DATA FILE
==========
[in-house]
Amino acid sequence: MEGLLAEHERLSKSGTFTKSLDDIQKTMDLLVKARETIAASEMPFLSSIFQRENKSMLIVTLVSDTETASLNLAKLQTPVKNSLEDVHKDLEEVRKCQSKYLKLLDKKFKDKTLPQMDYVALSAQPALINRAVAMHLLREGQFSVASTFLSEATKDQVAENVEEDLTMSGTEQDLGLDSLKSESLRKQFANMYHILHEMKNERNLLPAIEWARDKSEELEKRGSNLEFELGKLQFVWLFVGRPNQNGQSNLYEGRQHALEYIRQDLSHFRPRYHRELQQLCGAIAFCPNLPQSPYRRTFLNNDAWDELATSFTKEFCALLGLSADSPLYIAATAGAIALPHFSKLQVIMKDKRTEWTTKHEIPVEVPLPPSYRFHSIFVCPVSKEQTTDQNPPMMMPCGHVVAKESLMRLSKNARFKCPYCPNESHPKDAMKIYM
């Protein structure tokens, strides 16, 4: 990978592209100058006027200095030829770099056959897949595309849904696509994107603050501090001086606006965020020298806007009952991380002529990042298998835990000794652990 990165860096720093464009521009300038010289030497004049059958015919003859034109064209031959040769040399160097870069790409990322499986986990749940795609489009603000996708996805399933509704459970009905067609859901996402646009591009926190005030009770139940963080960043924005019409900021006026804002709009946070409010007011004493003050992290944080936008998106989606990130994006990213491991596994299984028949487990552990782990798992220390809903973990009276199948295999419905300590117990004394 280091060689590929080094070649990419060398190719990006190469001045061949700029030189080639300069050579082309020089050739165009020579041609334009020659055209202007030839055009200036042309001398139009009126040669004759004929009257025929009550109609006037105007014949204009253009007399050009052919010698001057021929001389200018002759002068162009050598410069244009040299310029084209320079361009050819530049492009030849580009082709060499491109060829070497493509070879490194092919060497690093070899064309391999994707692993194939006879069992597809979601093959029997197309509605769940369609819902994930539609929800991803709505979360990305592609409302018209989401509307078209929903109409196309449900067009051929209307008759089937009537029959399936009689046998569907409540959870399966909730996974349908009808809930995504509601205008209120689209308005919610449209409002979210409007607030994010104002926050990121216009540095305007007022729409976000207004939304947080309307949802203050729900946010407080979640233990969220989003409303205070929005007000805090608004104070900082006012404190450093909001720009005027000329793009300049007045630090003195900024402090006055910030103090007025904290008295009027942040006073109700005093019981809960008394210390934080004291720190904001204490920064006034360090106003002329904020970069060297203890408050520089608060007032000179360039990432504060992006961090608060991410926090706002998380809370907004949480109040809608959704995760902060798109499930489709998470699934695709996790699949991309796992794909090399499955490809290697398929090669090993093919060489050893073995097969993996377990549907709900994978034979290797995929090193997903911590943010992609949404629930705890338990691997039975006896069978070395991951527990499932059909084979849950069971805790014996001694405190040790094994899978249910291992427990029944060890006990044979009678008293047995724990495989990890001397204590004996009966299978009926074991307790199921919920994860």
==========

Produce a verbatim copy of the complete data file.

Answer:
[in-house]
Amino acid sequence: MEGLLAEHERLSKSGTFTKSLDDIQKTMDLLVKARETIAASEMPFLSSIFQRENKSMLIVTLVSDTETASLNLAKLQTPVKNSLEDVHKDLEEVRKCQSKYLKLLDKKFKDKTLPQMDYVALSAQPALINRAVAMHLLREGQFSVASTFLSEATKDQVAENVEEDLTMSGTEQDLGLDSLKSESLRKQFANMYHILHEMKNERNLLPAIEWARDKSEELEKRGSNLEFELGKLQFVWLFVGRPNQNGQSNLYEGRQHALEYIRQDLSHFRPRYHRELQQLCGAIAFCPNLPQSPYRRTFLNNDAWDELATSFTKEFCALLGLSADSPLYIAATAGAIALPHFSKLQVIMKDKRTEWTTKHEIPVEVPLPPSYRFHSIFVCPVSKEQTTDQNPPMMMPCGHVVAKESLMRLSKNARFKCPYCPNESHPKDAMKIYM
């Protein structure tokens, strides 16, 4: 990978592209100058006027200095030829770099056959897949595309849904696509994107603050501090001086606006965020020298806007009952991380002529990042298998835990000794652990 990165860096720093464009521009300038010289030497004049059958015919003859034109064209031959040769040399160097870069790409990322499986986990749940795609489009603000996708996805399933509704459970009905067609859901996402646009591009926190005030009770139940963080960043924005019409900021006026804002709009946070409010007011004493003050992290944080936008998106989606990130994006990213491991596994299984028949487990552990782990798992220390809903973990009276199948295999419905300590117990004394 280091060689590929080094070649990419060398190719990006190469001045061949700029030189080639300069050579082309020089050739165009020579041609334009020659055209202007030839055009200036042309001398139009009126040669004759004929009257025929009550109609006037105007014949204009253009007399050009052919010698001057021929001389200018002759002068162009050598410069244009040299310029084209320079361009050819530049492009030849580009082709060499491109060829070497493509070879490194092919060497690093070899064309391999994707692993194939006879069992597809979601093959029997197309509605769940369609819902994930539609929800991803709505979360990305592609409302018209989401509307078209929903109409196309449900067009051929209307008759089937009537029959399936009689046998569907409540959870399966909730996974349908009808809930995504509601205008209120689209308005919610449209409002979210409007607030994010104002926050990121216009540095305007007022729409976000207004939304947080309307949802203050729900946010407080979640233990969220989003409303205070929005007000805090608004104070900082006012404190450093909001720009005027000329793009300049007045630090003195900024402090006055910030103090007025904290008295009027942040006073109700005093019981809960008394210390934080004291720190904001204490920064006034360090106003002329904020970069060297203890408050520089608060007032000179360039990432504060992006961090608060991410926090706002998380809370907004949480109040809608959704995760902060798109499930489709998470699934695709996790699949991309796992794909090399499955490809290697398929090669090993093919060489050893073995097969993996377990549907709900994978034979290797995929090193997903911590943010992609949404629930705890338990691997039975006896069978070395991951527990499932059909084979849950069971805790014996001694405190040790094994899978249910291992427990029944060890006990044979009678008293047995724990495989990890001397204590004996009966299978009926074991307790199921919920994860």